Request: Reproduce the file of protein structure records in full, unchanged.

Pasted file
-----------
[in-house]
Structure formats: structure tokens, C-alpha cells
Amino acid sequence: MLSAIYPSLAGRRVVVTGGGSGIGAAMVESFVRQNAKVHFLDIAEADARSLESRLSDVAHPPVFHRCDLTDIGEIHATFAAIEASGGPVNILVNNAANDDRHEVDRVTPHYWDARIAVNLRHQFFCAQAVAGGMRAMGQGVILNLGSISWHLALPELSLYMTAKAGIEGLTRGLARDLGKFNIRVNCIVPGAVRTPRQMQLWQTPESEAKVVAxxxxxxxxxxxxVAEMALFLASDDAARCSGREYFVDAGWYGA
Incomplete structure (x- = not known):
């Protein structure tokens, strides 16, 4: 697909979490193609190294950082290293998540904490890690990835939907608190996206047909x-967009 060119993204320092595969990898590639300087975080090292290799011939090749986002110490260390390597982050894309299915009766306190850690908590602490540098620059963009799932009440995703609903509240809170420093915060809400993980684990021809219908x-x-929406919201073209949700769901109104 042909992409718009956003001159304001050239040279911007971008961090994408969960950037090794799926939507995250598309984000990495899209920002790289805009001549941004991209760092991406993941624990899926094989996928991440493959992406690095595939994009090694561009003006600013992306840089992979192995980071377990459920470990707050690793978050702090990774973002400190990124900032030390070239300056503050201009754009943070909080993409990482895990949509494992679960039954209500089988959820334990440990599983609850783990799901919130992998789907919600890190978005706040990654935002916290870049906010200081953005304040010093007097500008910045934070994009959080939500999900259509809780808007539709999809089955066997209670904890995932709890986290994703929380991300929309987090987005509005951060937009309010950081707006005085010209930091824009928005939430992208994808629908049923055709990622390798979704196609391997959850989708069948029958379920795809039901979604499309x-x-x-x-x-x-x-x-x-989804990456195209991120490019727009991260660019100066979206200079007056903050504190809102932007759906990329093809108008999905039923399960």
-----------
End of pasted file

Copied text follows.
[in-house]
Structure formats: structure tokens, C-alpha cells
Amino acid sequence: MLSAIYPSLAGRRVVVTGGGSGIGAAMVESFVRQNAKVHFLDIAEADARSLESRLSDVAHPPVFHRCDLTDIGEIHATFAAIEASGGPVNILVNNAANDDRHEVDRVTPHYWDARIAVNLRHQFFCAQAVAGGMRAMGQGVILNLGSISWHLALPELSLYMTAKAGIEGLTRGLARDLGKFNIRVNCIVPGAVRTPRQMQLWQTPESEAKVVAxxxxxxxxxxxxVAEMALFLASDDAARCSGREYFVDAGWYGA
Incomplete structure (x- = not known):
């Protein structure tokens, strides 16, 4: 697909979490193609190294950082290293998540904490890690990835939907608190996206047909x-967009 060119993204320092595969990898590639300087975080090292290799011939090749986002110490260390390597982050894309299915009766306190850690908590602490540098620059963009799932009440995703609903509240809170420093915060809400993980684990021809219908x-x-929406919201073209949700769901109104 042909992409718009956003001159304001050239040279911007971008961090994408969960950037090794799926939507995250598309984000990495899209920002790289805009001549941004991209760092991406993941624990899926094989996928991440493959992406690095595939994009090694561009003006600013992306840089992979192995980071377990459920470990707050690793978050702090990774973002400190990124900032030390070239300056503050201009754009943070909080993409990482895990949509494992679960039954209500089988959820334990440990599983609850783990799901919130992998789907919600890190978005706040990654935002916290870049906010200081953005304040010093007097500008910045934070994009959080939500999900259509809780808007539709999809089955066997209670904890995932709890986290994703929380991300929309987090987005509005951060937009309010950081707006005085010209930091824009928005939430992208994808629908049923055709990622390798979704196609391997959850989708069948029958379920795809039901979604499309x-x-x-x-x-x-x-x-x-989804990456195209991120490019727009991260660019100066979206200079007056903050504190809102932007759906990329093809108008999905039923399960």